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Amid China Conflict, Indo-US Strategic & Defence Cooperation to Expand Under President Joe Biden: Experts

File photo of Joe Biden.

File photo of Joe Biden.

Antony Blinken, Biden's nominee for Secretary of State, said during a Senate confirmation hearing on Tuesday that the US would stay tough on China and described India as a bipartisan success story.

The broad trajectory of strategic and defence cooperation between India and the US is expected to expand under Joe Biden's presidency in the face of growing challenges emanating from China, former diplomats and security experts said on Wednesday as the Democrat became the 46th President of the United States. Antony Blinken, Biden's nominee for Secretary of State, said during a Senate confirmation hearing on Tuesday that the US would stay tough on China and described India as a bipartisan success story.

Former diplomat Arun Singh, who served as Indian envoy to the US during 2015-16, said the challenges being faced by India from China and the threat the US sees from the economic, technological and military rise of the communist nation will certainly provide some space for the two countries to "do more together". "With the convergence of interests between the two countries in different areas, especially in the Indo-Pacific, I would expect the cooperation only to get strengthened," Singh told PTI.

Ambassador Rajiv Bhatia, a distinguished fellow at leading think-tank Gateway House, said the trend of forward movement in overall ties witnessed in the last 20 years is expected to continue. "But we will have to watch how America's Asia Policy and China policy actually evolve in the coming months because there is a lot of uncertainty about these two particular policies and their interplay will actually impact India-US relations. So let us wait and watch," the former diplomat said.

Bhatia said the strategic cooperation between the two nations is bound to expand in the Indo-Pacific, a region that has been witnessing increasing Chinese military assertiveness in the last few years. "It is a classic case where the US needs India, having already declared that China is their principal rival, and India also certainly needs the US given the current geopolitical situation in Asia. I think we certainly can expect defence and security cooperation (between India and the US) to go up," Bhatia said.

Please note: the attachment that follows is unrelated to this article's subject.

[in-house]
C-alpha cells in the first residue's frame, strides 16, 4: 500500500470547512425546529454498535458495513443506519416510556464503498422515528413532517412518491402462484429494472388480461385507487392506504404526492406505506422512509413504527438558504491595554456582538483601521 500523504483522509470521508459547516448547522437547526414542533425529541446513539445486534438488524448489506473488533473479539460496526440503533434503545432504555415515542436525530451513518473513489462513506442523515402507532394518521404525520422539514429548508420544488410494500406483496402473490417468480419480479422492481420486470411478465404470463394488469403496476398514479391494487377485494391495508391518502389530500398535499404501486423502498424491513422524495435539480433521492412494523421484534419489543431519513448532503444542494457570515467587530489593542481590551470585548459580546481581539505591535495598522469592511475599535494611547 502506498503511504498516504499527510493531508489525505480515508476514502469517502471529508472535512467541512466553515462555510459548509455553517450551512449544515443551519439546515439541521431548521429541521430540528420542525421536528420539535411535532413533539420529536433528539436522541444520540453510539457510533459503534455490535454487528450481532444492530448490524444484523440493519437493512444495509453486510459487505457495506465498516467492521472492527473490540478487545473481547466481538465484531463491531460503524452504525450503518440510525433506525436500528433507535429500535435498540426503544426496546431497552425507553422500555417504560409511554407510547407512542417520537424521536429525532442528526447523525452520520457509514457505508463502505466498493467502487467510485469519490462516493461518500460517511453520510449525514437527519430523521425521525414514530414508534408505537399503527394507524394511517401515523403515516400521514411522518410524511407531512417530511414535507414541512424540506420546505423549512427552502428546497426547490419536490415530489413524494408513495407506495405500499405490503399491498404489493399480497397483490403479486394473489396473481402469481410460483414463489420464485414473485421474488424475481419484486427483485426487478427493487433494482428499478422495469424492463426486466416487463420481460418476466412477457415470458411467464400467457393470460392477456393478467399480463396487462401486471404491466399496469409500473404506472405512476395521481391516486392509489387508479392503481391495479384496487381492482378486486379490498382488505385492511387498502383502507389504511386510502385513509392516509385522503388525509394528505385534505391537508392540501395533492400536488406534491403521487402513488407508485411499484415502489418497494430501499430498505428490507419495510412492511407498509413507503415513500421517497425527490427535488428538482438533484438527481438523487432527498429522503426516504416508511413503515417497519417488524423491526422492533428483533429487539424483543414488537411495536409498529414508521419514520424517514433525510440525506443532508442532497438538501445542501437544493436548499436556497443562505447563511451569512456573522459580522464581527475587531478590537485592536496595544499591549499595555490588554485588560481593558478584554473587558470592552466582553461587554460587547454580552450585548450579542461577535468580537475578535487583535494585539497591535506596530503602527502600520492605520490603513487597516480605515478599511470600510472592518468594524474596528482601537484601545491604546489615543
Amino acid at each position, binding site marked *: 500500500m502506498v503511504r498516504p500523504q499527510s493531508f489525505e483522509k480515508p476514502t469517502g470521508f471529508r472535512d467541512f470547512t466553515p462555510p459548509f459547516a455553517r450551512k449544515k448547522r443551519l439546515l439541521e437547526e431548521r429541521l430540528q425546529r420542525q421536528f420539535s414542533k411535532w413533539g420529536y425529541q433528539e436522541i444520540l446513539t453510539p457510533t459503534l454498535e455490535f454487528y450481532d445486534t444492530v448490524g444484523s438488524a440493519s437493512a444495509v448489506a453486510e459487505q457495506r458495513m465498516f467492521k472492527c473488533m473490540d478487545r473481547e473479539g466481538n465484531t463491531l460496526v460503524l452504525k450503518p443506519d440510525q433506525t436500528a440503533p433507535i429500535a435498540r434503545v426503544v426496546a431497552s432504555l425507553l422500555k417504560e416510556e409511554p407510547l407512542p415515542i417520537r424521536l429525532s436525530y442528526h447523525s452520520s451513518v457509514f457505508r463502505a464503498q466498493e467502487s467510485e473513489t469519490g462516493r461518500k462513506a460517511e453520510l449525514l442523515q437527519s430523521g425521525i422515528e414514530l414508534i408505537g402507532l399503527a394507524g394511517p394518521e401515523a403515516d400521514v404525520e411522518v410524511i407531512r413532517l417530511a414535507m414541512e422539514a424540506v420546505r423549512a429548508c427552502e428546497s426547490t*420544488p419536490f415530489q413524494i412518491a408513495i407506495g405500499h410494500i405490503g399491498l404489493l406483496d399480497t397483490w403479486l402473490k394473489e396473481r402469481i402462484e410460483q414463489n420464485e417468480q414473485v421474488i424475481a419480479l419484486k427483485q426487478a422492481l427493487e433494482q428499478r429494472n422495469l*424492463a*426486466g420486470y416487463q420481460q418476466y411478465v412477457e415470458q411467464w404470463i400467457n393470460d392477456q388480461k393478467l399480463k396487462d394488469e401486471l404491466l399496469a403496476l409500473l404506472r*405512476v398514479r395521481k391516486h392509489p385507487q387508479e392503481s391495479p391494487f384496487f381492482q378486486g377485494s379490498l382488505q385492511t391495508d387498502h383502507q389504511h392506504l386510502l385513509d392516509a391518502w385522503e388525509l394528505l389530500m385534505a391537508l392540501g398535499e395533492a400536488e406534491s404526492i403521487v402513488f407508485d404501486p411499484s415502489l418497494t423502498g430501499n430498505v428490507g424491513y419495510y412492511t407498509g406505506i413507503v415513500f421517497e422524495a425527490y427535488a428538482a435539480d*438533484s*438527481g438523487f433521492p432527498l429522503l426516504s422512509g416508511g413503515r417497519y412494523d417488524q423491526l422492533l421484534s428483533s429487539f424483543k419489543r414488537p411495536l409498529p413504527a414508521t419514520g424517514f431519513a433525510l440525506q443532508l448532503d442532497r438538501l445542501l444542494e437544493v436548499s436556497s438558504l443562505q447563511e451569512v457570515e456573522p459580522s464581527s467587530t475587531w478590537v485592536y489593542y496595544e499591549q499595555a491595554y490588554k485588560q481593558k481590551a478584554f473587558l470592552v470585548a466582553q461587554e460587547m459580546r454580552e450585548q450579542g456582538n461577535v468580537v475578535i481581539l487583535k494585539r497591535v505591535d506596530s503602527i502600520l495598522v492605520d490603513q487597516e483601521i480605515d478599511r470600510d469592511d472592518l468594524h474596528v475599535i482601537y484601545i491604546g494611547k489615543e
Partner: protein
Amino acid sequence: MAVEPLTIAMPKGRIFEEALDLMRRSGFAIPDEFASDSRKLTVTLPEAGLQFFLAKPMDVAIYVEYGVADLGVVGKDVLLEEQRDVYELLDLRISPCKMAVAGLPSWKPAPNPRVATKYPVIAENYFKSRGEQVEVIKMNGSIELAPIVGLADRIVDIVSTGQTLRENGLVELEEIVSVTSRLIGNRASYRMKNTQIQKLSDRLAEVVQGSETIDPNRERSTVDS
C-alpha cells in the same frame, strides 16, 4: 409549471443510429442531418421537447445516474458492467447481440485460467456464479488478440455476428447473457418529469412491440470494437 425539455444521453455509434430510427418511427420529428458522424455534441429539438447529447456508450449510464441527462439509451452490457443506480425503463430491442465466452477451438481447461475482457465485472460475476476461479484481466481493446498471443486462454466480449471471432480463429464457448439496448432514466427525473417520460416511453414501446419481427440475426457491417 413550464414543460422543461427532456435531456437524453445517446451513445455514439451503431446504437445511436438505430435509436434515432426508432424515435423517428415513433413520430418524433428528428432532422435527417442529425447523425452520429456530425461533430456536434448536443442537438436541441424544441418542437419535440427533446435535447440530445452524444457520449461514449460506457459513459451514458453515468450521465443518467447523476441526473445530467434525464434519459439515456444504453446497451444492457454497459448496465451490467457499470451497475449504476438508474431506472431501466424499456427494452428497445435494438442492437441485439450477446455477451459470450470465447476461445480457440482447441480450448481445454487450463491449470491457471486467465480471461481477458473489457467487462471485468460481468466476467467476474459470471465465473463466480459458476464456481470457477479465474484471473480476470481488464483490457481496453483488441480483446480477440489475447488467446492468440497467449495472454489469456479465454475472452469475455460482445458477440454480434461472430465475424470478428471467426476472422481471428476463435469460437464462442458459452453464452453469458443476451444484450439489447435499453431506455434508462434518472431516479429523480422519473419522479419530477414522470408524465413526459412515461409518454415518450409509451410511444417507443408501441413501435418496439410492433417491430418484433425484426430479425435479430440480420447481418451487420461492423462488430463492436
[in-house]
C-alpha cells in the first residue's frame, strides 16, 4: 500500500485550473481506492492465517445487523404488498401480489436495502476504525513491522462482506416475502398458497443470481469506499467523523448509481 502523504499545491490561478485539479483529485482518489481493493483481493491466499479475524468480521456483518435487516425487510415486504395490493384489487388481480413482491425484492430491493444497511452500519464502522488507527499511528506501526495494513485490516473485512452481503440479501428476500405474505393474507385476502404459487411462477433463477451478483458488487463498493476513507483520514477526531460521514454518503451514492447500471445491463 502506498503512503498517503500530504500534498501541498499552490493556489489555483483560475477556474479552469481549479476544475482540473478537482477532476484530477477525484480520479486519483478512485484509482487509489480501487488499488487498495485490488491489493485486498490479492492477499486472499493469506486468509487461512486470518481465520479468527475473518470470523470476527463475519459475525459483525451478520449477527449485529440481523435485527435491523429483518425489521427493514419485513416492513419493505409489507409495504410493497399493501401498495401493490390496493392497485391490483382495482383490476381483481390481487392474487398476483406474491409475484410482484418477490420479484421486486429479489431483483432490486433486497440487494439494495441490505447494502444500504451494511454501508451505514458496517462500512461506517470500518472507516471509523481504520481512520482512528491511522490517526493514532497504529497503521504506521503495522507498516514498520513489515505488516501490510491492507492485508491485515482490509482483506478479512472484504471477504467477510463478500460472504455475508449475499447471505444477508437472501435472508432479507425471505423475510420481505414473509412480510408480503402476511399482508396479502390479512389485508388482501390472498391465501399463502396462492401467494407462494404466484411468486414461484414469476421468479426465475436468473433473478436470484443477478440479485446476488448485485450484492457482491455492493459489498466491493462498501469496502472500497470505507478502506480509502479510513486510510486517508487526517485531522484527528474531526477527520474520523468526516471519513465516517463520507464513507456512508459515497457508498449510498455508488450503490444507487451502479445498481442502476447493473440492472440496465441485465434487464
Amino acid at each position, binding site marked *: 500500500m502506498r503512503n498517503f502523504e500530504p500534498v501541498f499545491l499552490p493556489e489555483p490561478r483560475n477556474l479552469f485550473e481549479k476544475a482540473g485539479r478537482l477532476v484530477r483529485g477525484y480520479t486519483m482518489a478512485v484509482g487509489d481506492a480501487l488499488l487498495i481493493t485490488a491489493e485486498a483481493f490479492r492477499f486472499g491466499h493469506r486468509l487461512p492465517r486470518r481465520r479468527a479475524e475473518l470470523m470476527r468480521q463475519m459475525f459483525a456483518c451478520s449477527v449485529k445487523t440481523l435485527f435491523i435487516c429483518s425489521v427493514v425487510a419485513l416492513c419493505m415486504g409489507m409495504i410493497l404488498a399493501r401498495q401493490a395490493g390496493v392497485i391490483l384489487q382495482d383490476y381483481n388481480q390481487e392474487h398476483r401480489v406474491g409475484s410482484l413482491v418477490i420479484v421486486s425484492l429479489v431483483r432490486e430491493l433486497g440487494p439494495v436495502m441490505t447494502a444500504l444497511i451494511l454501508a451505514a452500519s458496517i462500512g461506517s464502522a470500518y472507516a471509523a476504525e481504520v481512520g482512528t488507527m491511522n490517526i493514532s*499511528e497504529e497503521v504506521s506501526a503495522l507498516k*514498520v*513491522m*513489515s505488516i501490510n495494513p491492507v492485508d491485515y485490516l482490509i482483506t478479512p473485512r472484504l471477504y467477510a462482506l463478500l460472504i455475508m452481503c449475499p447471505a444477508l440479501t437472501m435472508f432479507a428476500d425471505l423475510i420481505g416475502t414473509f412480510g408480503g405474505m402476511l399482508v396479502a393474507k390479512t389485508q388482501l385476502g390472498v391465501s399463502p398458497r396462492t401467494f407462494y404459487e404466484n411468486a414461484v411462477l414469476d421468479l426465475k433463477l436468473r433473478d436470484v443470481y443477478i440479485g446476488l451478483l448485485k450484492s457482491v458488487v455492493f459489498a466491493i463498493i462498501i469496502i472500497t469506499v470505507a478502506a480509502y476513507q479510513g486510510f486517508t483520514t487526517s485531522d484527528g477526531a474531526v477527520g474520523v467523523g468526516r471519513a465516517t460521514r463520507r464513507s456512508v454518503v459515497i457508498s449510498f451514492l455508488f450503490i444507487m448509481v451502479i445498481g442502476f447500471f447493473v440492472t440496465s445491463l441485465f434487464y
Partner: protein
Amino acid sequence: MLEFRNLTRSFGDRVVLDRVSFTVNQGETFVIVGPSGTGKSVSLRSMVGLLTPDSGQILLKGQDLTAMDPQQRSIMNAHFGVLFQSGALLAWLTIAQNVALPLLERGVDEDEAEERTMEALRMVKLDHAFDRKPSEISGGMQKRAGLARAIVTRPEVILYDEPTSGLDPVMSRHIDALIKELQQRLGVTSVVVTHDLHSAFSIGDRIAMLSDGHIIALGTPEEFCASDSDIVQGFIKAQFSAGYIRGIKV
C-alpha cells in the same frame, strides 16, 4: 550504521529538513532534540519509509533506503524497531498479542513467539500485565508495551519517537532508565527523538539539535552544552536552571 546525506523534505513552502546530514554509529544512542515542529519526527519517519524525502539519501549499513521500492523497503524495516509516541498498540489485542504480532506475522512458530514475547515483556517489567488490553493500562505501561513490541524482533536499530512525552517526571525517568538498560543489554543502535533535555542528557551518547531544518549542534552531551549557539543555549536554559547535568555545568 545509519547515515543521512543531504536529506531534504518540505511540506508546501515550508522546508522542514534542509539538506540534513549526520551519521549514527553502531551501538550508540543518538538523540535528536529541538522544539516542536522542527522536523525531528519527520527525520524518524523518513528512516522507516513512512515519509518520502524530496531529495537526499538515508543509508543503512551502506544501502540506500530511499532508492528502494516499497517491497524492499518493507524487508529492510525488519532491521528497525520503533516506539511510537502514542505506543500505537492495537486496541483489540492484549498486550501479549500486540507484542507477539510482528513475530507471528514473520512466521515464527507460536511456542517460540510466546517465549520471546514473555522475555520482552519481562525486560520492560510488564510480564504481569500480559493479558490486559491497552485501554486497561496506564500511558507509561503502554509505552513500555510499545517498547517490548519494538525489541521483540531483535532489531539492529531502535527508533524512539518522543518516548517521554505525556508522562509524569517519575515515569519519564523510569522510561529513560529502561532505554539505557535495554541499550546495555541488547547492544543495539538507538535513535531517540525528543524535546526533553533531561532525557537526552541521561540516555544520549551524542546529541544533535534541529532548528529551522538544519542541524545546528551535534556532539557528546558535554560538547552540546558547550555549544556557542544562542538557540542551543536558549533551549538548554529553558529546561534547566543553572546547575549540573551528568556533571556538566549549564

Noted strategic affairs expert G Parthasarthi said Biden's policies reflect concerns over China's behaviour against many countries in recent years, and both India and the US will have to act in their own interests. "A number of Asian countries are facing pressure from China. This is a strange phenomenon in the Xi Jinping era...The fact is that neither India nor the US, in my view, want a tense relationship with China but they have to act in their own interests," he said.

Former Deputy Chief of Army Staff Lt Gen (retd) Subrata Saha said the broad direction of the strategic ties between the two countries will remain the same and their cooperation will witness further momentum. Asked about the possibility of the US imposing sanctions on India under the Countering America's Adversaries Through Sanctions Act (CAATSA) for the purchase of S-400 missile defences from Russia, Saha said top American officials have been taking a "pragmatic view" on the issue.

"You cannot wish away overnight the fact that we have this huge dependency on Russia. So whether you put CAATSA or you don't put, if we have to bring our capability to the fore, we have to have all the channels open. Ultimately India will take decisions based on its own strategic interests," he said. "To expect that India will start compromising its strategic necessities because of another government's policy, I do not think it is a reasonable assumption or fair expectation," he said.

The US imposed sanctions on Turkey recently under the CAATSA for the purchase of S-400 missile defences from Russia. Singh hoped that India and the US will be able to find a way to have some kind of a limited trade agreement and then build further on that.

At the same time, he said, the US has had difficulty in its trade relations with not just India but also other countries including its partners in Europe. "It has had issues at times with Japan and with Canada," he said.

India and the US under the Trump administration held multiple rounds of negotiations for a trade deal, but it did not fructify. Outgoing US ambassador Kenneth Juster, who is leaving India on completion of his tenure, earlier this month referred to frictions and frustrations on trade and investment ties between India and the US and said the two countries were even unable to finalise a small trade package despite persistent efforts.

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